New on DVD
Walt Disney, $29.99; Blu-ray, $39.99/$49.99
Critics seemed to be laying in wait to savage “Cars 2,” ready to rip Pixar for making a cash-in sequel to the studio’s least artful, most merchandising-friendly movie. But fun is fun, and the globe-hopping spy story that drives “Cars 2" is a blast, full of zooming action and clever ideas about how a world run by vehicles would look. Is it as sophisticated or emotionally resonant as “Up” or “Toy Story”? Heck, no. The “friends forever"/"be yourself” theme is pitched more to the younger audience, and the humor — carried largely by Larry the Cable Guy as rusty truck Tow Mater — is more cornball. Still, “Cars 2" is more entertaining than 90% of the movies released this year. The DVD and Blu-ray are light on special features by Pixar standards, adding a creator commentary track, bonus shorts and — on the special edition only — a few featurettes.
Crazy, Stupid, Love
Warner Bros., $28.98; Blu-ray, $29.99/$35.99
A different kind of rom-com, “Crazy, Stupid, Love” is sprawling and messy, sporting a large cast and multiple storylines. Steve Carell plays a newly separated man torn between getting back together with his wife (Julianne Moore) and meeting women with the help of a skilled player (Ryan Gosling), who himself is considering settling down with a sensible law student (Emma Stone). At times, “Crazy, Stupid, Love” plays like half a dozen episodes of a cable sitcom edited down to two overstuffed hours, but the characters are likable and the movie asks some provocative questions about whether love is about passion or comfortable familiarity. The DVD and Blu-ray include deleted scenes and featurettes.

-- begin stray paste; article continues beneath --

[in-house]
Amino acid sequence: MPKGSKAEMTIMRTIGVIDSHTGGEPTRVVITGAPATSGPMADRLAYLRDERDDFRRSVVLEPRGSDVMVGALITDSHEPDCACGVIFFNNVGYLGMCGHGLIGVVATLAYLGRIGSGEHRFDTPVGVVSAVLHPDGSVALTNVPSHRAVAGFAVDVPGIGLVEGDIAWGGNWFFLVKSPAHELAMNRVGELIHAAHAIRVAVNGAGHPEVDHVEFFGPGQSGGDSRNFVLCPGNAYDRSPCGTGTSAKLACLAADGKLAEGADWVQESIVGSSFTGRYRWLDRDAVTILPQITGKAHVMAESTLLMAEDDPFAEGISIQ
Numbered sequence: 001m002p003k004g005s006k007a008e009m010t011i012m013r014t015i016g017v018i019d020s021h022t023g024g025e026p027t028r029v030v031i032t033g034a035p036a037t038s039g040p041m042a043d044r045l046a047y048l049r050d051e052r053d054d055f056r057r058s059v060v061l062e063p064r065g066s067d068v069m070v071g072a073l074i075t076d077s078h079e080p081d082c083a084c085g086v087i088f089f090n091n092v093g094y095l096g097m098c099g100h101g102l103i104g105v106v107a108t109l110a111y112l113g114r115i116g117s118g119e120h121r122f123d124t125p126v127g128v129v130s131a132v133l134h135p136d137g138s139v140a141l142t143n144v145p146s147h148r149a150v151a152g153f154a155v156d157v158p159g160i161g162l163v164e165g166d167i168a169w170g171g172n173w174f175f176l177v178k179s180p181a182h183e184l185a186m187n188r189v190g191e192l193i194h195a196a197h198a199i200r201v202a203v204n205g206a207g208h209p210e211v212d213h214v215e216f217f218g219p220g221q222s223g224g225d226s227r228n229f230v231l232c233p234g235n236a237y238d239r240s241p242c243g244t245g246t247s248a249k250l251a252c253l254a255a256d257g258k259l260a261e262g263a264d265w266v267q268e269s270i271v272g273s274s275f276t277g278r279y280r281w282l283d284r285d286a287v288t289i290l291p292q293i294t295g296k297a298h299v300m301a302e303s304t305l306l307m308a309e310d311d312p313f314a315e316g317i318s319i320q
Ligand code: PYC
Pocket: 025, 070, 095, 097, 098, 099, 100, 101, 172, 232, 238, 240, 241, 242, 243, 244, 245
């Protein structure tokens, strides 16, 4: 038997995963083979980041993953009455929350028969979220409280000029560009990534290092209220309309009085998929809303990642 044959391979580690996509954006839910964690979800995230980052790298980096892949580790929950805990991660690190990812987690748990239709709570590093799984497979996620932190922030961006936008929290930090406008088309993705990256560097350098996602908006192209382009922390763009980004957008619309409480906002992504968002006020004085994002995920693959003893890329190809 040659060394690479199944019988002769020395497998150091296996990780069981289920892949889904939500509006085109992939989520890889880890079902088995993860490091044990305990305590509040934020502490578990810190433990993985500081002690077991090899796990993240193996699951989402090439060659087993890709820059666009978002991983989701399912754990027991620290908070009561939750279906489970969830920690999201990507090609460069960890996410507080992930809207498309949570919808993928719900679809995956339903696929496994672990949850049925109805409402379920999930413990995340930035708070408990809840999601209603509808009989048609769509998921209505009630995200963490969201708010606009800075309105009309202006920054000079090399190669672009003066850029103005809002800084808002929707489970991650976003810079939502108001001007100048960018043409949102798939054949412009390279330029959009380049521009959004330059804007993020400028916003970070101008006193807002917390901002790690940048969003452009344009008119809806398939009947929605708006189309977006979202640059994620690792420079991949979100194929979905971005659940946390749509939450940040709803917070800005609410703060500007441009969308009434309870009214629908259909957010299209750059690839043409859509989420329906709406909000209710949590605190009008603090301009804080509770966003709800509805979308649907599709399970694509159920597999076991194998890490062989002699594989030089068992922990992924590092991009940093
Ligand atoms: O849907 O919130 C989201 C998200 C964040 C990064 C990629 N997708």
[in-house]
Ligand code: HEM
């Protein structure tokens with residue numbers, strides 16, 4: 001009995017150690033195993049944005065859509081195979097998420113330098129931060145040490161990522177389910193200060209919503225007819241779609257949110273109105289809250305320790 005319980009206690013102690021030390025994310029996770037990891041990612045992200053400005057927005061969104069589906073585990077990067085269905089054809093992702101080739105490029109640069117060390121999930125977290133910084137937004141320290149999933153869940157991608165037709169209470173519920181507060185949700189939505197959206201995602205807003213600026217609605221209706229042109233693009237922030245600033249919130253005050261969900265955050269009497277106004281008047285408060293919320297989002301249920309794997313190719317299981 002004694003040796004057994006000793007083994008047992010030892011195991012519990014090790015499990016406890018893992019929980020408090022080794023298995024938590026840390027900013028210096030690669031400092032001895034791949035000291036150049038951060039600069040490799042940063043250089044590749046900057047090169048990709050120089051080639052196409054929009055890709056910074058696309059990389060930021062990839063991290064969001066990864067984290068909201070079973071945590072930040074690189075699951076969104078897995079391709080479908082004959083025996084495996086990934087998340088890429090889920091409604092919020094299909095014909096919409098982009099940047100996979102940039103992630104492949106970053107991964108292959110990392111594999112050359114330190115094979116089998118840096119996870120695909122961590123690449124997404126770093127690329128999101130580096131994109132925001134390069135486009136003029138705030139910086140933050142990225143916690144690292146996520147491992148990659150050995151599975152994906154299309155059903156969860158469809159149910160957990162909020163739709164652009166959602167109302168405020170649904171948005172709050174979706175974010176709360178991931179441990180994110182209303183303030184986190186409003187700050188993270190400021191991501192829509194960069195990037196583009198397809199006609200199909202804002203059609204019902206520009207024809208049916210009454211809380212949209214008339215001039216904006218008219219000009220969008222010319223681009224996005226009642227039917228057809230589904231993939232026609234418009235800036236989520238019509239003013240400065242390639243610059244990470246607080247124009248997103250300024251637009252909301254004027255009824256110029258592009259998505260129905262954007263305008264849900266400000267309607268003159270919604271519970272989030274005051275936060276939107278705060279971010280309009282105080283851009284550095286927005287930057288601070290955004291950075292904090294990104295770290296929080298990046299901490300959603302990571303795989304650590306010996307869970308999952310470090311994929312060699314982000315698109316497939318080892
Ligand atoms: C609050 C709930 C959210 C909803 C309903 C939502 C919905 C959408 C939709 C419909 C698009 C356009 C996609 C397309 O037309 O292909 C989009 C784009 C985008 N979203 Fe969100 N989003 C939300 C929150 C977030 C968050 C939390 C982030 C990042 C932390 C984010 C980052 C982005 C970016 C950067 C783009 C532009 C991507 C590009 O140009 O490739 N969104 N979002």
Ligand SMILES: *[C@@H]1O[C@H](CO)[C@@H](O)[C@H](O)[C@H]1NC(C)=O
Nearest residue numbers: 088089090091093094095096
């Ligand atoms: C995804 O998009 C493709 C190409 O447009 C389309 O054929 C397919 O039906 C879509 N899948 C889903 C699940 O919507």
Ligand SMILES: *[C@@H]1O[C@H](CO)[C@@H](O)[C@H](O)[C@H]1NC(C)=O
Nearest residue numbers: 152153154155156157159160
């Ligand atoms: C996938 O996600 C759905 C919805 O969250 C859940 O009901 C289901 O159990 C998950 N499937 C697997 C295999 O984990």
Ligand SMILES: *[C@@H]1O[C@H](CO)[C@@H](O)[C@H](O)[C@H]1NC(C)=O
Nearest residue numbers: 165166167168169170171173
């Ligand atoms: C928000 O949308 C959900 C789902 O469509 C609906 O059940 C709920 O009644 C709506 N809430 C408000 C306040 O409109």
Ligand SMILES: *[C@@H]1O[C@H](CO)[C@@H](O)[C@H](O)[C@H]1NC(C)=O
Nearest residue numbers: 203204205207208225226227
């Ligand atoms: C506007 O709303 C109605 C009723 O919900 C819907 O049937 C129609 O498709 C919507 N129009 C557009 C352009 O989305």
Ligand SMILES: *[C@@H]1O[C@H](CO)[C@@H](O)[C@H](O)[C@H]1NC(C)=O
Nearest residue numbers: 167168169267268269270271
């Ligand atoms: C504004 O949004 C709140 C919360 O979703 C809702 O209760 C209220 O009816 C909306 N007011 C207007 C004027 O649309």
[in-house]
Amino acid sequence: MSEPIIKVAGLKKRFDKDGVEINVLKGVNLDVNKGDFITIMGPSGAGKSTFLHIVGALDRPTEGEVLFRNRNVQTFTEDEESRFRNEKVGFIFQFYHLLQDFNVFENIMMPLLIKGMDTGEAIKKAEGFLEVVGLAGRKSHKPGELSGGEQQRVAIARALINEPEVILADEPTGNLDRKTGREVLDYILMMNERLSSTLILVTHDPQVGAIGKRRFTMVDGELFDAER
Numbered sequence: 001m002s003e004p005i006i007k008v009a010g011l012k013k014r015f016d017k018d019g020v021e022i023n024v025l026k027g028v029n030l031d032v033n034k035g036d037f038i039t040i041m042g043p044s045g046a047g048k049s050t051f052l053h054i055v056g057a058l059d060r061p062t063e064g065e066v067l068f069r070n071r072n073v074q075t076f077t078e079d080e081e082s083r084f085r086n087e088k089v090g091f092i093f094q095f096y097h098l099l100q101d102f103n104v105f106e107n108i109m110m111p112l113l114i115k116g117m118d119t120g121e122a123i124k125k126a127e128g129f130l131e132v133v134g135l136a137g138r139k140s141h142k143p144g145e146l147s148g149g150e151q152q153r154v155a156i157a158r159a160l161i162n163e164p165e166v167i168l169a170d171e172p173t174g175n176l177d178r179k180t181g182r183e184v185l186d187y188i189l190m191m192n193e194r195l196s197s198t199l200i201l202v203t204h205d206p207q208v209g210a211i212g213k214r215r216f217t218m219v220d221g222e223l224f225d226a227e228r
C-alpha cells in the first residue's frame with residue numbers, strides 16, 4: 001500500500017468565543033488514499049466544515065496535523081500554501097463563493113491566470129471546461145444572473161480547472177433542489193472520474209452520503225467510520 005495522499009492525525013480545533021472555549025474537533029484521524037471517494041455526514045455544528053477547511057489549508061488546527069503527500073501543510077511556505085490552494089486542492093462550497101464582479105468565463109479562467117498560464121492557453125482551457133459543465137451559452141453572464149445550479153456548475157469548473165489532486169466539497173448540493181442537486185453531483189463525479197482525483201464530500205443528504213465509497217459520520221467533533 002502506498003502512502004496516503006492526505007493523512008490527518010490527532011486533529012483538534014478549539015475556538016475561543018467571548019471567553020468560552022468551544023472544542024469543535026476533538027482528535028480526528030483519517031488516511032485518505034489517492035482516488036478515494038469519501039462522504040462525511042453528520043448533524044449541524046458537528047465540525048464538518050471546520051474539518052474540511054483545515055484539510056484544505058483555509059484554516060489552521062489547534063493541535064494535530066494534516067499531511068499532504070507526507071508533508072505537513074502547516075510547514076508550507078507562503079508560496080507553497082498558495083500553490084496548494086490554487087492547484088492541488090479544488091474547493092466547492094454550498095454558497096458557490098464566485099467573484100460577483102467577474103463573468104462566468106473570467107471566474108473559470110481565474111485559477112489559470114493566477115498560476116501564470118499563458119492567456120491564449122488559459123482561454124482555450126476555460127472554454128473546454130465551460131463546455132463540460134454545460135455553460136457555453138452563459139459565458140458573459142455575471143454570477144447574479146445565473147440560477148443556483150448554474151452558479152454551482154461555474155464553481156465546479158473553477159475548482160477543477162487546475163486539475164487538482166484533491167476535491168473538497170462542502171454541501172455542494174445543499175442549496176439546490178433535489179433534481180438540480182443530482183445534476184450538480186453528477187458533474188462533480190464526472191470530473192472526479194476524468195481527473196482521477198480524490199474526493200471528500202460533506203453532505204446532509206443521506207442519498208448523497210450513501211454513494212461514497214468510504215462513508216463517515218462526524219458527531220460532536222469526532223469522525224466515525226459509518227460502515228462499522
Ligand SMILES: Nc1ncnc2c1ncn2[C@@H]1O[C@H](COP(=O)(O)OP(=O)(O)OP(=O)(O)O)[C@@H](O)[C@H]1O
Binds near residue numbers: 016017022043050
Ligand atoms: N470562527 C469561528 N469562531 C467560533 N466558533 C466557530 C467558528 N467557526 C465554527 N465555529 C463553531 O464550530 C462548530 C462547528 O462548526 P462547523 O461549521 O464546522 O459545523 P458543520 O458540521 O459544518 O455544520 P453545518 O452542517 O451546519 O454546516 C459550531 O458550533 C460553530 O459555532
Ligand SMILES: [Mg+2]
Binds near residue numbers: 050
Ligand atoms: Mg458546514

Errol Morris’ offbeat documentary “Tabloid” is all about Joyce McKinney, best known (for those who know her at all) for her involvement with a 1977 kidnapping/rape case that the British press dubbed “The Manacled Mormon.” Morris lets McKinney tell the story of how she abducted and had sex repeatedly with a Utah man because she loved him and wanted to “deprogram” his religious brainwashing. Morris also allows people with different angles on the tale to tell their piece of it — including the reporters from competing tabloids, one of which championed McKinney and one of which trashed her. Morris makes no real effort to investigate the truth, because that’s not really the point here. The film is more about how easy it is to skew a story for entertainment purposes and thereby make celebrities of people who haven’t really done anything except be nutty.
Water for Elephants
20th Century Fox, $29.98; Blu-ray, $39.99
Sara Gruen’s bestseller “Water for Elephants” gets a handsome adaptation by director Francis Lawrence and screenwriter Richard LaGravenese, who tell the story of a young veterinary student and his Depression-era love affair with a circus performer married to a cruel ringmaster. Robert Pattinson and Reese Witherspoon are engaging as the desperate lovers, and Christoph Waltz brings a lot of nuance to the villain role, but what really distinguishes “Water for Elephants” is the colorful circus backdrop and the almost fable-like quality the filmmakers bring to it. The movie isn’t especially ambitious, but it’s as involving as a good pop novel. The DVD and Blu-ray add a commentary track by Lawrence and LaGravenese, as well as a handful of brief featurettes.
Magic Trip: Ken Kesey’s Search for a Kool Place
Rejoice & Shout
Snow Flower and the Secret Fan
20th Century Fox, $29.99; Blu-ray, $39.99
Millennium, $28.99; Blu-ray, $29.99/$34.99
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